Actor Val Kilmer is expressing his gratitude this Memorial Day for the extraordinary outpouring of support from followers.
In an interview published earlier this month, “Top Gun” actor Val Kilmer shared some intimate details about his cancer journey — including the fact that he initially didn’t want to undergo standard treatment for his throat cancer and wanted, instead, to work with his Christian Science practitioner to deal with the illness. The wide-ranging interview with The New York Times Magazine was met with much praise and love from fans — and Kilmer took to social media to thank everyone, especially those fans who wrote to the NYT to share how much they enjoyed reading the actor’s story, for the support.Read More
“What a treat to see some of the readers reactions from my interview with the New York Times Magazine,” Kilmer wrote alongside a snap of the reactions section of the magazine. “…Thanks to everyone that has joined me on this journey. We’ve only just begun!”
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What a treat to see some of the reader reactions from my interview with @thenewyorktimemagazine . I am so grateful for the care and openness Taffy gave during our time together. I knew instantly I could be at ease and reveal myself, sharing a glimpse of what I poured into my book. Thanks to everyone that has joined me on this journey. We’ve only just begun!
The interview touched on topics like Kilmer’s early career, his transition to creating art, his new memoir I’m Your Huckleberry and of course, his experience with throat cancer. The actor revealed in a 2017 interview that he had been going through treatment for throat cancer for about two years. Kilmer was treated with chemotherapy, radiation and a tracheostomy — a surgery that connects the windpipe to a hole in the front of the neck for people who have obstructed breathing, throat cancer or throat paralysis.
How Kilmer’s Voice Has Changed
The actor’s tracheostomy tube, which he can speak through to an extent — though his voice sounds much different than it used to — was also a subject of some discussion in the new New York Times interview. The actor said that the reason he can be understood at all is because of his training an Juilliard after finishing high school — where he was made to perform voice exercises and told to “use his voice like a trumpet.”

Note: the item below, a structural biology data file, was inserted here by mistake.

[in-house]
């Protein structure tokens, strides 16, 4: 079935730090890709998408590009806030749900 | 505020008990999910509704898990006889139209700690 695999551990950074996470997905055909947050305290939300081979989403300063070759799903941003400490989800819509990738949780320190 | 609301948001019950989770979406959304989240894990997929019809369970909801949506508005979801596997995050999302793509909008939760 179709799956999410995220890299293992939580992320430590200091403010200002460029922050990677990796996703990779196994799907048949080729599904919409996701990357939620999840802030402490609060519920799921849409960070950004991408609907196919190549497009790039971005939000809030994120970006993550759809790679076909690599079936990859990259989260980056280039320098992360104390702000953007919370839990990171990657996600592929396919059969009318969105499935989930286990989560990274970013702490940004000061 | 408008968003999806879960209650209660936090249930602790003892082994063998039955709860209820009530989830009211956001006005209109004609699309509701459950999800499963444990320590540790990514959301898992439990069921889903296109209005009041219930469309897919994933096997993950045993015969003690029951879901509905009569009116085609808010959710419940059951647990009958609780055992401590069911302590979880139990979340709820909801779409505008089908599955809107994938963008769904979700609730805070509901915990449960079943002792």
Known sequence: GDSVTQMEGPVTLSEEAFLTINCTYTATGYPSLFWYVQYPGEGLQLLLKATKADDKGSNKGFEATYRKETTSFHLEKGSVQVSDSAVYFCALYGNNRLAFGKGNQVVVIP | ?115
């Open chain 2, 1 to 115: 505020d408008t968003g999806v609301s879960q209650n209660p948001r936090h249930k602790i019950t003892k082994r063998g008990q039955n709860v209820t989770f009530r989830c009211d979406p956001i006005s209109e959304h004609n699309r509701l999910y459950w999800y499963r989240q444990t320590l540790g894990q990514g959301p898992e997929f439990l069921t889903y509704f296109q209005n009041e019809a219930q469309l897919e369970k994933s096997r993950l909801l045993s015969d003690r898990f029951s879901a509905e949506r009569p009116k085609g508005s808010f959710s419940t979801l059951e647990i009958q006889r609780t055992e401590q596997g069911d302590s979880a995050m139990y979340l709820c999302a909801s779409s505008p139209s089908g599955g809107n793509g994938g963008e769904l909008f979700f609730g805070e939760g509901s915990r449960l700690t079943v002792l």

The topic os Kilmer’s faith came up when he began discussing his cancer diagnosis. The actor felt a lump in his throat around 2014 and a doctor told him it was throat cancer. Kilmer says that, because of his faith, he didn’t really believe he had cancer — but still, he was sure he could cure whatever ailment he did have by working with his Christian Science practitioner.
However, Kilmer has two children who are not Christian Scientists — and they didn’t want to put their faith in Kilmer’s treatment plan.
“I just didn’t want to experience their fear, which was profound,” Kilmer told the Times of his eventual decision to get cancer treatment. Now cancer-free, Kilmer is still sure it was his prayer that cured him — and thinks the cancer treatment made him suffer.
Prayer’s Role in the Cancer Journey
While no medical expert is ever going to recommend skipping out on treatment in favor of faith when you have cancer, many of the experts SurvivorNet has interviewed in the past really believe that there’s a profound benefit to having faith during the cancer journey. A positive attitude, whether that comes from religious faith or somewhere else, can really make a difference.
Dr. Zuri Murrell explains how positivity can help during cancer treatment.
“People often ask me about prayer in terms of therapy,” colorectal cancer surgeon at Cedars-Sinai Dr. Zuri Murrell told SurvivorNet in a previous interview. “I have a large amount of Jewish patients. I have a large amount of Christian patients, Hindus, and I even have atheists — and I believe that prayer is very helpful. In some patients who don’t believe in prayer, I believe that a positive attitude is what’s really important … and for a lot of people, prayer helps them develop this.”